Born to Laugh

Laugh and you’re participating in a universal, unconscious human behaviour that’s surprisingly complicated. Find out what’s behind the giggles and guffaws.


Born to Laugh

“The most wasted of all days is one without laughter.”  E.E. Cummings
Maybe you are natural snorter –one of the estimated 25% of women or 33% of men who laugh through their nose. Or perhaps a practiced pigeon laugher who keeps your lips sealed to produce a humming noise akin to the bird.   Or maybe you embrace a true belly laugh and are often left wanting for air. Regardless of your style, laugh and you are participating in a universal unconscious human behaviour that turns out to be simply complicated.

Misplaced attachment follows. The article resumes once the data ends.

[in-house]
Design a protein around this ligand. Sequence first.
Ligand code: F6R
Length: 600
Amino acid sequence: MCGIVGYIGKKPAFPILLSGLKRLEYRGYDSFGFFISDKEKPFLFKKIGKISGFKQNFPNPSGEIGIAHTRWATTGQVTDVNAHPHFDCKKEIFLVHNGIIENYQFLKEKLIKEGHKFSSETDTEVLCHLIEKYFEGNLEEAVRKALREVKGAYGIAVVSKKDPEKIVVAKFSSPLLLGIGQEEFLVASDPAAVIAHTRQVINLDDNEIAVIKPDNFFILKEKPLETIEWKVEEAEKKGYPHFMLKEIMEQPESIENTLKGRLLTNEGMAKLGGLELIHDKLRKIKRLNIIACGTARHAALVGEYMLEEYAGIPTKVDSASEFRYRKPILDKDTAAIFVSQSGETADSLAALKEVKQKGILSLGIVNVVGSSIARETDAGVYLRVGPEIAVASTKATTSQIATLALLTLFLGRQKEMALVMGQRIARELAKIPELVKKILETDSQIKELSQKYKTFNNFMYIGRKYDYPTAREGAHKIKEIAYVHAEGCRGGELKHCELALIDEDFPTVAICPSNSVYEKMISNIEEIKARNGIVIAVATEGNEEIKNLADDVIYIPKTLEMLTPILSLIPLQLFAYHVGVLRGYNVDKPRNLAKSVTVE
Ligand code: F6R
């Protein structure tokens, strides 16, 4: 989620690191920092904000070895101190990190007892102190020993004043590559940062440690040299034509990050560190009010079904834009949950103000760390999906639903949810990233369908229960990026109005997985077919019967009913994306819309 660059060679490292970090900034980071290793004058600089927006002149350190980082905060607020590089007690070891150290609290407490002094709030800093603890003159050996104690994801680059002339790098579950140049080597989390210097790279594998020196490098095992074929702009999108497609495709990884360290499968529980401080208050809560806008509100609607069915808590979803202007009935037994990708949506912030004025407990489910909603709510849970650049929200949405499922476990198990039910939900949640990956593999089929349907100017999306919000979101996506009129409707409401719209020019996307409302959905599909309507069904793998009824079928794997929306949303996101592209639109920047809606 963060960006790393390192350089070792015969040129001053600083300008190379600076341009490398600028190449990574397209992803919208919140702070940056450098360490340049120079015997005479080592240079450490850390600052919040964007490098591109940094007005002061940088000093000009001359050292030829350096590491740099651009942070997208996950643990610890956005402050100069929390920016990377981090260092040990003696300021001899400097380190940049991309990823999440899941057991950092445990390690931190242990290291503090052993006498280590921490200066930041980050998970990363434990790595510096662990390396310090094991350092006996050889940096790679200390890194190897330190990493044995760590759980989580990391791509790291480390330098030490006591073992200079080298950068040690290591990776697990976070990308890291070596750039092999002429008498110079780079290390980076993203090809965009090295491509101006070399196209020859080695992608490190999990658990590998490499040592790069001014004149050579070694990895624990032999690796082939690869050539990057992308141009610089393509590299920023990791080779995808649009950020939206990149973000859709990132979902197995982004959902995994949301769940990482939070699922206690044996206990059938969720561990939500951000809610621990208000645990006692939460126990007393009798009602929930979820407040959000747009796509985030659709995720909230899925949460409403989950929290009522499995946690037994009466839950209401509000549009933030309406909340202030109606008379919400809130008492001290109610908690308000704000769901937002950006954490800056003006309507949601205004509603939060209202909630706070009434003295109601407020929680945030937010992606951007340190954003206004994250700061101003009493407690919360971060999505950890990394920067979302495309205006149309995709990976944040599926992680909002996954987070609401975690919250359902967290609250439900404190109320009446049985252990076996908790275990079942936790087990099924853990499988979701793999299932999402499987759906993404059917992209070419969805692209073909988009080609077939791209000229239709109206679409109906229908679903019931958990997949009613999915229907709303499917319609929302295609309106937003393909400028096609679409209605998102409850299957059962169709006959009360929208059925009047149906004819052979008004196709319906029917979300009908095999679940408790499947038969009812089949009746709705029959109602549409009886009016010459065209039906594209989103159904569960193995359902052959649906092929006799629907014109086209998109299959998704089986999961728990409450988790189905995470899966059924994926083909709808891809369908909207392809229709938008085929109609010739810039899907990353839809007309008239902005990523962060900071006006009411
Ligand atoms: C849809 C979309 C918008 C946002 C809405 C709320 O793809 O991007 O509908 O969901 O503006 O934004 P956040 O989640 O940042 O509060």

History tells us “surgeons used humor to distract patients from pain as early as the 13th century.”    Modern medicine has built-up evidence attributing laughter with health benefits ranging from burning calories, to boosting immune and circulatory systems, reducing stress, relieving pain, easing digestion and enhancing sleep. Laughter therapy is credited for helping to improve the quality of life for chronically ill patients. Formal laughter therapy programs teach patients how to laugh as a form of regular exercise.   No humour or jokes necessary for a rib-rattling chuckle.



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